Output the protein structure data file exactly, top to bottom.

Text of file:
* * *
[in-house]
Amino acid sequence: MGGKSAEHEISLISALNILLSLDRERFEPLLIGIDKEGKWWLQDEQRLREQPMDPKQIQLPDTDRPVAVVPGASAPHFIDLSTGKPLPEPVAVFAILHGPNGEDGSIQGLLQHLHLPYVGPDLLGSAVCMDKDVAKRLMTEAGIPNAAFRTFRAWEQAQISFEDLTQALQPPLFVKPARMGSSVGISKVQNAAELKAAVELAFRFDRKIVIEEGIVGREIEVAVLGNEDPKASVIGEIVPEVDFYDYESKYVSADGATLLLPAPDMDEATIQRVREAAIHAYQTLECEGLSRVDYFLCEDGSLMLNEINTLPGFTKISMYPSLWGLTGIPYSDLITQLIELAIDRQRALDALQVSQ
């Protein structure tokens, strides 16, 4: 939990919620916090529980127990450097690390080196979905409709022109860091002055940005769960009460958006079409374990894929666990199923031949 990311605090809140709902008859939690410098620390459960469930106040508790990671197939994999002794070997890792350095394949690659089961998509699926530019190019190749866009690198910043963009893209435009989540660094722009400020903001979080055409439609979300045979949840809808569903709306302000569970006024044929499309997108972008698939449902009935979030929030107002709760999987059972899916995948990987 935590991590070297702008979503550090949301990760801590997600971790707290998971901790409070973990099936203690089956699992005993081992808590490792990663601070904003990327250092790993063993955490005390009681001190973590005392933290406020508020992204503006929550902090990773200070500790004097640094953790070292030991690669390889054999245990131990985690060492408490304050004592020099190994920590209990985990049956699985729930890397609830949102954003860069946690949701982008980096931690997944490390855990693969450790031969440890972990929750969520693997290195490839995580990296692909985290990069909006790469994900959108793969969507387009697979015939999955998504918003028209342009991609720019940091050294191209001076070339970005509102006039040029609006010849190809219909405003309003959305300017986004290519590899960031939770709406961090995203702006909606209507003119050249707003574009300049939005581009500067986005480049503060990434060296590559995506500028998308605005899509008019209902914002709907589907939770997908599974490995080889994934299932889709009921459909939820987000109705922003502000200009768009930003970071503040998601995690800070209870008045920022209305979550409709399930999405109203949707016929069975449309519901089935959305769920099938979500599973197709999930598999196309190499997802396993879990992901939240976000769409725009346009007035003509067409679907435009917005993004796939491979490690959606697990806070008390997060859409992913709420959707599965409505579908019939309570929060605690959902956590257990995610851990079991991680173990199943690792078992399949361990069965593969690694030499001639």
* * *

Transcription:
[in-house]
Amino acid sequence: MGGKSAEHEISLISALNILLSLDRERFEPLLIGIDKEGKWWLQDEQRLREQPMDPKQIQLPDTDRPVAVVPGASAPHFIDLSTGKPLPEPVAVFAILHGPNGEDGSIQGLLQHLHLPYVGPDLLGSAVCMDKDVAKRLMTEAGIPNAAFRTFRAWEQAQISFEDLTQALQPPLFVKPARMGSSVGISKVQNAAELKAAVELAFRFDRKIVIEEGIVGREIEVAVLGNEDPKASVIGEIVPEVDFYDYESKYVSADGATLLLPAPDMDEATIQRVREAAIHAYQTLECEGLSRVDYFLCEDGSLMLNEINTLPGFTKISMYPSLWGLTGIPYSDLITQLIELAIDRQRALDALQVSQ
């Protein structure tokens, strides 16, 4: 939990919620916090529980127990450097690390080196979905409709022109860091002055940005769960009460958006079409374990894929666990199923031949 990311605090809140709902008859939690410098620390459960469930106040508790990671197939994999002794070997890792350095394949690659089961998509699926530019190019190749866009690198910043963009893209435009989540660094722009400020903001979080055409439609979300045979949840809808569903709306302000569970006024044929499309997108972008698939449902009935979030929030107002709760999987059972899916995948990987 935590991590070297702008979503550090949301990760801590997600971790707290998971901790409070973990099936203690089956699992005993081992808590490792990663601070904003990327250092790993063993955490005390009681001190973590005392933290406020508020992204503006929550902090990773200070500790004097640094953790070292030991690669390889054999245990131990985690060492408490304050004592020099190994920590209990985990049956699985729930890397609830949102954003860069946690949701982008980096931690997944490390855990693969450790031969440890972990929750969520693997290195490839995580990296692909985290990069909006790469994900959108793969969507387009697979015939999955998504918003028209342009991609720019940091050294191209001076070339970005509102006039040029609006010849190809219909405003309003959305300017986004290519590899960031939770709406961090995203702006909606209507003119050249707003574009300049939005581009500067986005480049503060990434060296590559995506500028998308605005899509008019209902914002709907589907939770997908599974490995080889994934299932889709009921459909939820987000109705922003502000200009768009930003970071503040998601995690800070209870008045920022209305979550409709399930999405109203949707016929069975449309519901089935959305769920099938979500599973197709999930598999196309190499997802396993879990992901939240976000769409725009346009007035003509067409679907435009917005993004796939491979490690959606697990806070008390997060859409992913709420959707599965409505579908019939309570929060605690959902956590257990995610851990079991991680173990199943690792078992399949361990069965593969690694030499001639």